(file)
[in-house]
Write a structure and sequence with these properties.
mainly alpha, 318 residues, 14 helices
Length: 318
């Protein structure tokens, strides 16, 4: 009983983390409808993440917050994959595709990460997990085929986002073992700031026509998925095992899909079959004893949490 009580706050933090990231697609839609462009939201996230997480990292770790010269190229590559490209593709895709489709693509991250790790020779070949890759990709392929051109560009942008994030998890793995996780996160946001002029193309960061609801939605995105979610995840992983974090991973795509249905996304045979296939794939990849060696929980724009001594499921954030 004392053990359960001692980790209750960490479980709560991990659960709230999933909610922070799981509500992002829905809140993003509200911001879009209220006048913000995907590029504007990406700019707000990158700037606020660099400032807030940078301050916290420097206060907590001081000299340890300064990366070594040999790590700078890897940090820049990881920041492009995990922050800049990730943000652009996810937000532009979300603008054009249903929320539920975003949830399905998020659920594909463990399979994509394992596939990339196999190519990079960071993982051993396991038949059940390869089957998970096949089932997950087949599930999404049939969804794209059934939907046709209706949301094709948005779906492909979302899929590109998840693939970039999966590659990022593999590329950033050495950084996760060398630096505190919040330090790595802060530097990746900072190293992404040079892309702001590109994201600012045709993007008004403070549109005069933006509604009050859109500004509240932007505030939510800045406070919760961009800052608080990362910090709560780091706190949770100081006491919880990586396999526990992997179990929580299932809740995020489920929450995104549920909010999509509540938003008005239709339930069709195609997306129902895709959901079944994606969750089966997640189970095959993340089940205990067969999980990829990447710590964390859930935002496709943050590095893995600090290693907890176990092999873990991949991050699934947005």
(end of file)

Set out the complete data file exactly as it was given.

[in-house]
Write a structure and sequence with these properties.
mainly alpha, 318 residues, 14 helices
Length: 318
């Protein structure tokens, strides 16, 4: 009983983390409808993440917050994959595709990460997990085929986002073992700031026509998925095992899909079959004893949490 009580706050933090990231697609839609462009939201996230997480990292770790010269190229590559490209593709895709489709693509991250790790020779070949890759990709392929051109560009942008994030998890793995996780996160946001002029193309960061609801939605995105979610995840992983974090991973795509249905996304045979296939794939990849060696929980724009001594499921954030 004392053990359960001692980790209750960490479980709560991990659960709230999933909610922070799981509500992002829905809140993003509200911001879009209220006048913000995907590029504007990406700019707000990158700037606020660099400032807030940078301050916290420097206060907590001081000299340890300064990366070594040999790590700078890897940090820049990881920041492009995990922050800049990730943000652009996810937000532009979300603008054009249903929320539920975003949830399905998020659920594909463990399979994509394992596939990339196999190519990079960071993982051993396991038949059940390869089957998970096949089932997950087949599930999404049939969804794209059934939907046709209706949301094709948005779906492909979302899929590109998840693939970039999966590659990022593999590329950033050495950084996760060398630096505190919040330090790595802060530097990746900072190293992404040079892309702001590109994201600012045709993007008004403070549109005069933006509604009050859109500004509240932007505030939510800045406070919760961009800052608080990362910090709560780091706190949770100081006491919880990586396999526990992997179990929580299932809740995020489920929450995104549920909010999509509540938003008005239709339930069709195609997306129902895709959901079944994606969750089966997640189970095959993340089940205990067969999980990829990447710590964390859930935002496709943050590095893995600090290693907890176990092999873990991949991050699934947005």